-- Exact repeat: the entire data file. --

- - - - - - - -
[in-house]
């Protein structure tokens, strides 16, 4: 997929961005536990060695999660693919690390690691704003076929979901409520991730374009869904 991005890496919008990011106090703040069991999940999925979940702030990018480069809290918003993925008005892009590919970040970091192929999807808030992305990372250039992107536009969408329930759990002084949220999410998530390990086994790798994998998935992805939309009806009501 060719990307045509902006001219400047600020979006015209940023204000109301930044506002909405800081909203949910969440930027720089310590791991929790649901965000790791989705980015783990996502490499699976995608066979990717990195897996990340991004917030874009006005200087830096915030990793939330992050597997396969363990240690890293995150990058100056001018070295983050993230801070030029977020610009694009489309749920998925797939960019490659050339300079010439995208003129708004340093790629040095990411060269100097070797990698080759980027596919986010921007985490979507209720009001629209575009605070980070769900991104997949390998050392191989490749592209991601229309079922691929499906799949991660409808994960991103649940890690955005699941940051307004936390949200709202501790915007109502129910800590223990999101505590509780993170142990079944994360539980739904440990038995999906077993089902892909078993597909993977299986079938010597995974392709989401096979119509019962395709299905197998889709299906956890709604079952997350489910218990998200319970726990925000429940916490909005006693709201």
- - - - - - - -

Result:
[in-house]
């Protein structure tokens, strides 16, 4: 997929961005536990060695999660693919690390690691704003076929979901409520991730374009869904 991005890496919008990011106090703040069991999940999925979940702030990018480069809290918003993925008005892009590919970040970091192929999807808030992305990372250039992107536009969408329930759990002084949220999410998530390990086994790798994998998935992805939309009806009501 060719990307045509902006001219400047600020979006015209940023204000109301930044506002909405800081909203949910969440930027720089310590791991929790649901965000790791989705980015783990996502490499699976995608066979990717990195897996990340991004917030874009006005200087830096915030990793939330992050597997396969363990240690890293995150990058100056001018070295983050993230801070030029977020610009694009489309749920998925797939960019490659050339300079010439995208003129708004340093790629040095990411060269100097070797990698080759980027596919986010921007985490979507209720009001629209575009605070980070769900991104997949390998050392191989490749592209991601229309079922691929499906799949991660409808994960991103649940890690955005699941940051307004936390949200709202501790915007109502129910800590223990999101505590509780993170142990079944994360539980739904440990038995999906077993089902892909078993597909993977299986079938010597995974392709989401096979119509019962395709299905197998889709299906956890709604079952997350489910218990998200319970726990925000429940916490909005006693709201």